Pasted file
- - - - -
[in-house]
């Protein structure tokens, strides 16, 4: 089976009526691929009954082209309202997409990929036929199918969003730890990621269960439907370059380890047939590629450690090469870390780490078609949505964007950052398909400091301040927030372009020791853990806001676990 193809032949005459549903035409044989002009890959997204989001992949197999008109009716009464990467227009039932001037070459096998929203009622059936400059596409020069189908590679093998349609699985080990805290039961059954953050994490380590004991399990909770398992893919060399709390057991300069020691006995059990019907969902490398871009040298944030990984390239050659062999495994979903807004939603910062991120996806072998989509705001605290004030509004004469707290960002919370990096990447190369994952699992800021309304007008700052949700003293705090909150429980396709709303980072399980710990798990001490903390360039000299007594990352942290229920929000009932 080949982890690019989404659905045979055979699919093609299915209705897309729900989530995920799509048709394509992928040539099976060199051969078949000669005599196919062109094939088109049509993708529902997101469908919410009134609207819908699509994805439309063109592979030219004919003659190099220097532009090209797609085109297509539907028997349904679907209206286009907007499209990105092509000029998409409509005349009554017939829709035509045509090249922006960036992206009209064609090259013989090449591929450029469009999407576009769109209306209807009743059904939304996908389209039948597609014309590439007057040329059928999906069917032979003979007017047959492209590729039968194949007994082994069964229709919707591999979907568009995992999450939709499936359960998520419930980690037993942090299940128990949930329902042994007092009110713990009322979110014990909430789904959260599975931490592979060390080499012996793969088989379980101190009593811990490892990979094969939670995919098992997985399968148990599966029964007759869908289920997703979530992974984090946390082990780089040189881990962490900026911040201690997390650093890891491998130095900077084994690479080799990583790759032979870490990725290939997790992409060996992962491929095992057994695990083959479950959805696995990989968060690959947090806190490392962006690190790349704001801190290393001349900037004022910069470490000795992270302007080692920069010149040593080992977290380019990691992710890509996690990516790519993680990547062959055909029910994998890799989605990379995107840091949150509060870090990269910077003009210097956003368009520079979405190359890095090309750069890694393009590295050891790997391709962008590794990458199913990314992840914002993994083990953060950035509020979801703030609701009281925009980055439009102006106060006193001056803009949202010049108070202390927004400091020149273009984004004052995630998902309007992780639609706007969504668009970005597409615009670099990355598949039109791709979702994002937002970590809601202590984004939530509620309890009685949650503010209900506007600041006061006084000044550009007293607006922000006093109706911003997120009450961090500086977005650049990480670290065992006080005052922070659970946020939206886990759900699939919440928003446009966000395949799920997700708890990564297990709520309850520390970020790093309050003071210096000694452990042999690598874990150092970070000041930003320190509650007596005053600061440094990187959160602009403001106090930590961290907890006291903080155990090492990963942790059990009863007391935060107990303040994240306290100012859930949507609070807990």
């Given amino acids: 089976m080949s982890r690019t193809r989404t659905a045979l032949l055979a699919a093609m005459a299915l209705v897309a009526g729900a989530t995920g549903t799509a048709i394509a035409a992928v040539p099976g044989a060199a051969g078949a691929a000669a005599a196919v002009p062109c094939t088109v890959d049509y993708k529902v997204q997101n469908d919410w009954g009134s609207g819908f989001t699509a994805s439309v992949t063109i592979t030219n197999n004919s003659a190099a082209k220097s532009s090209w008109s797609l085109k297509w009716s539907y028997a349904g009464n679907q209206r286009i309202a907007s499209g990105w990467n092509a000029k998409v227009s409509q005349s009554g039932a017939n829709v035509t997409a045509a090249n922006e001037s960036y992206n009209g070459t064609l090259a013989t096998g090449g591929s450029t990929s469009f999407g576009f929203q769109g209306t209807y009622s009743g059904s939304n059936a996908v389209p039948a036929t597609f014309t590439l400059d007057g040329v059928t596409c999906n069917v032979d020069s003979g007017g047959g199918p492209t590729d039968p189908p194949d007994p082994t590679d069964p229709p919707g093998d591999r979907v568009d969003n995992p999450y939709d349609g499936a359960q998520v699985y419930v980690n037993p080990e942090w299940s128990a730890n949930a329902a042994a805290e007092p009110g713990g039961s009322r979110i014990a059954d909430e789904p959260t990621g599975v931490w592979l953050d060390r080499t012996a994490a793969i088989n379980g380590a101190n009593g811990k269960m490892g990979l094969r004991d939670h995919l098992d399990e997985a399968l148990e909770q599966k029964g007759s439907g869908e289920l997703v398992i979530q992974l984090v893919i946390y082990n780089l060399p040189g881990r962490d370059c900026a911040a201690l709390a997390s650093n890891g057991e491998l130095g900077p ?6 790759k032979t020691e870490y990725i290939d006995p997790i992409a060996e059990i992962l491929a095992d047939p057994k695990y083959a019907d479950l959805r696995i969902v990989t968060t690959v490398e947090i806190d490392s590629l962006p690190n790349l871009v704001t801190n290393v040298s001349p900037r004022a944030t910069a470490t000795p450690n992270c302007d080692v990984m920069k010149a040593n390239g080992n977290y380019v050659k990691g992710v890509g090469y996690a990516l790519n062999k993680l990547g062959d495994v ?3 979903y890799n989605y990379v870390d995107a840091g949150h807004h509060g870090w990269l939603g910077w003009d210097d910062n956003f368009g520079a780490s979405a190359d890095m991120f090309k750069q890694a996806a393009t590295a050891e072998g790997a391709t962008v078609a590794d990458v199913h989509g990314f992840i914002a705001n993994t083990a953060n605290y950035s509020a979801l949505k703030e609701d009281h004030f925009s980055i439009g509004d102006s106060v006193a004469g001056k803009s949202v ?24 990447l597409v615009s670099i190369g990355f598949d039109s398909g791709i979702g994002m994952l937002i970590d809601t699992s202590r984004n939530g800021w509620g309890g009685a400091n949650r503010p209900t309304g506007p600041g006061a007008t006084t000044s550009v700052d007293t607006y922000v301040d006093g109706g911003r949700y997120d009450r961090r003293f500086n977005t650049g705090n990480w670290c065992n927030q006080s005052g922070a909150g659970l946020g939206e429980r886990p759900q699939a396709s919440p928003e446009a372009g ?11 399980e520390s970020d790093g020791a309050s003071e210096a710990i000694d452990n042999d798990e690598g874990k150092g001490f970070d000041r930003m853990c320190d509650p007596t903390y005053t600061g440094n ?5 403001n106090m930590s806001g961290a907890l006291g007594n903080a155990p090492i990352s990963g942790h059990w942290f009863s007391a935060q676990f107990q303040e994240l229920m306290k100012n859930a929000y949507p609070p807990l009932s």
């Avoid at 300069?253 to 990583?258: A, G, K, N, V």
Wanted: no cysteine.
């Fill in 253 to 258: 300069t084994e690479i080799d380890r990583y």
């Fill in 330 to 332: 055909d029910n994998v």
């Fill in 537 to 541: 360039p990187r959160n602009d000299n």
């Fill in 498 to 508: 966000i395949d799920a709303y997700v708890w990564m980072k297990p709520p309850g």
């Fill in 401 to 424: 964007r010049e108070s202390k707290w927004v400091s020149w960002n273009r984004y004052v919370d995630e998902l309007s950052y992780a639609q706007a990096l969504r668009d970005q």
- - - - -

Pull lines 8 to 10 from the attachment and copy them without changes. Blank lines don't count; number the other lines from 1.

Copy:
């Fill in 537 to 541: 360039p990187r959160n602009d000299n």
């Fill in 498 to 508: 966000i395949d799920a709303y997700v708890w990564m980072k297990p709520p309850g």
């Fill in 401 to 424: 964007r010049e108070s202390k707290w927004v400091s020149w960002n273009r984004y004052v919370d995630e998902l309007s950052y992780a639609q706007a990096l969504r668009d970005q």